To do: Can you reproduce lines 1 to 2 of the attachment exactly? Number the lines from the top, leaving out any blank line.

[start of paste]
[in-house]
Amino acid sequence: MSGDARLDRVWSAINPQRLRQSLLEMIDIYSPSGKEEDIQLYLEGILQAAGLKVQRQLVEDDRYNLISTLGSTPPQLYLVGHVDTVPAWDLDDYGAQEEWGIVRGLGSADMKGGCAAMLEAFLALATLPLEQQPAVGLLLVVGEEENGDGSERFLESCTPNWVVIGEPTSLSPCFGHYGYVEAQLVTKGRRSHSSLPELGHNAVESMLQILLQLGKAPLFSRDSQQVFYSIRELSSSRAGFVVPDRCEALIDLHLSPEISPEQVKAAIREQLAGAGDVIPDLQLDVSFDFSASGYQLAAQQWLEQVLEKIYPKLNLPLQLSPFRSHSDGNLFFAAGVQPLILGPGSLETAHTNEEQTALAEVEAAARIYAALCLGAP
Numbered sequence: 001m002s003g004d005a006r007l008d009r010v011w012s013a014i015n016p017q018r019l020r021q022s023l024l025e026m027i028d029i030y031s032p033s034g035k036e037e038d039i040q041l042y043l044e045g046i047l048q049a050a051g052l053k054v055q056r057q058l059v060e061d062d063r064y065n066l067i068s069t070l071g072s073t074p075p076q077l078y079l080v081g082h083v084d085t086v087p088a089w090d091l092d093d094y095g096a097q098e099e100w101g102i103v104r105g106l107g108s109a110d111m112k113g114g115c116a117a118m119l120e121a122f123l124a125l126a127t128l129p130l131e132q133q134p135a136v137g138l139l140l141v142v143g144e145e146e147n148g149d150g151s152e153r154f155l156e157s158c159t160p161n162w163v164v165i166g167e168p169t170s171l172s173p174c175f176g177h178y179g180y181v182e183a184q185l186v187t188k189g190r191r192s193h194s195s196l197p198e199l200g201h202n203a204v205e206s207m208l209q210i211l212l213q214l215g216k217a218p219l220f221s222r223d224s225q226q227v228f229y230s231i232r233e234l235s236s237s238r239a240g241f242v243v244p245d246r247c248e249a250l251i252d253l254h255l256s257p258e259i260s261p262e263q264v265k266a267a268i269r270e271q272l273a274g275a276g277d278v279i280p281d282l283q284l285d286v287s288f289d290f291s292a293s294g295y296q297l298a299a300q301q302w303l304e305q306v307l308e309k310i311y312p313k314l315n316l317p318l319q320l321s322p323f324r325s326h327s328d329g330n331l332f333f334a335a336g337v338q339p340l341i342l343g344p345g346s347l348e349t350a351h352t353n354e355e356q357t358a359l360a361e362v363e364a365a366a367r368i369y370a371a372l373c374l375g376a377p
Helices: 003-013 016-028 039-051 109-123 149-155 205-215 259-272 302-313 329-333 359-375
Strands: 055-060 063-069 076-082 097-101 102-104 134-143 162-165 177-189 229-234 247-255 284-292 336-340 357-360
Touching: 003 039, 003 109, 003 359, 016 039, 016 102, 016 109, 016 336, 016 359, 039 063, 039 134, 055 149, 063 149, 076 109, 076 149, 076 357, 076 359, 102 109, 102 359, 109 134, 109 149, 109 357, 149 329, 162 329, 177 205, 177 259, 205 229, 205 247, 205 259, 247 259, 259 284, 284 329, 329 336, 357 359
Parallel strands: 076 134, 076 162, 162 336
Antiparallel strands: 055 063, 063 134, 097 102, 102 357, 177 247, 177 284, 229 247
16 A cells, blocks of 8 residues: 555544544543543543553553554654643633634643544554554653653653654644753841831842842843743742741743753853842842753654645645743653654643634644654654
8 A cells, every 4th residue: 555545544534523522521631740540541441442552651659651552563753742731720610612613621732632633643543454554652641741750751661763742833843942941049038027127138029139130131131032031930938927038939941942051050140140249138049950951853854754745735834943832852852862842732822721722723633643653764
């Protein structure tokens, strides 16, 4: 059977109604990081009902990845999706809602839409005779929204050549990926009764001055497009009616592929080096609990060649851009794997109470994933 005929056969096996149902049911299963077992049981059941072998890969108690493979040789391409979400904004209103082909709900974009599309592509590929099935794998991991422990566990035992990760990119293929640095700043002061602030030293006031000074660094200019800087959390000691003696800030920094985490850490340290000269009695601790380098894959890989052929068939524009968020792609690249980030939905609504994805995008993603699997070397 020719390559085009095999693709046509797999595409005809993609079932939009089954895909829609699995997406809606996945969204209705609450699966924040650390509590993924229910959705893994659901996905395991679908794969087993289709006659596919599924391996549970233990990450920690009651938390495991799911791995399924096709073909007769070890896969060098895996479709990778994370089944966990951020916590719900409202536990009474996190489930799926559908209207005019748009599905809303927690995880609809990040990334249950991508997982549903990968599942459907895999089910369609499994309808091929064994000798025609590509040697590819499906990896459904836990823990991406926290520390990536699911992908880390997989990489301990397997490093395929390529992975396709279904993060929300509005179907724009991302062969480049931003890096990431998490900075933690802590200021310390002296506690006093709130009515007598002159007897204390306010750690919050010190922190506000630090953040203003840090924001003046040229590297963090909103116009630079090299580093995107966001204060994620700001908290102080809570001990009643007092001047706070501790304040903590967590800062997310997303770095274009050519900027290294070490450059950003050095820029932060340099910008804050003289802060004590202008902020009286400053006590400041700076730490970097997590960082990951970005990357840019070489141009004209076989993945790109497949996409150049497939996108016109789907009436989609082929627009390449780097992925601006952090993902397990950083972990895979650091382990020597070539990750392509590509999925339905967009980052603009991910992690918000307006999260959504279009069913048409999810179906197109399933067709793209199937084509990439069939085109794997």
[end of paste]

[in-house]
Amino acid sequence: MSGDARLDRVWSAINPQRLRQSLLEMIDIYSPSGKEEDIQLYLEGILQAAGLKVQRQLVEDDRYNLISTLGSTPPQLYLVGHVDTVPAWDLDDYGAQEEWGIVRGLGSADMKGGCAAMLEAFLALATLPLEQQPAVGLLLVVGEEENGDGSERFLESCTPNWVVIGEPTSLSPCFGHYGYVEAQLVTKGRRSHSSLPELGHNAVESMLQILLQLGKAPLFSRDSQQVFYSIRELSSSRAGFVVPDRCEALIDLHLSPEISPEQVKAAIREQLAGAGDVIPDLQLDVSFDFSASGYQLAAQQWLEQVLEKIYPKLNLPLQLSPFRSHSDGNLFFAAGVQPLILGPGSLETAHTNEEQTALAEVEAAARIYAALCLGAP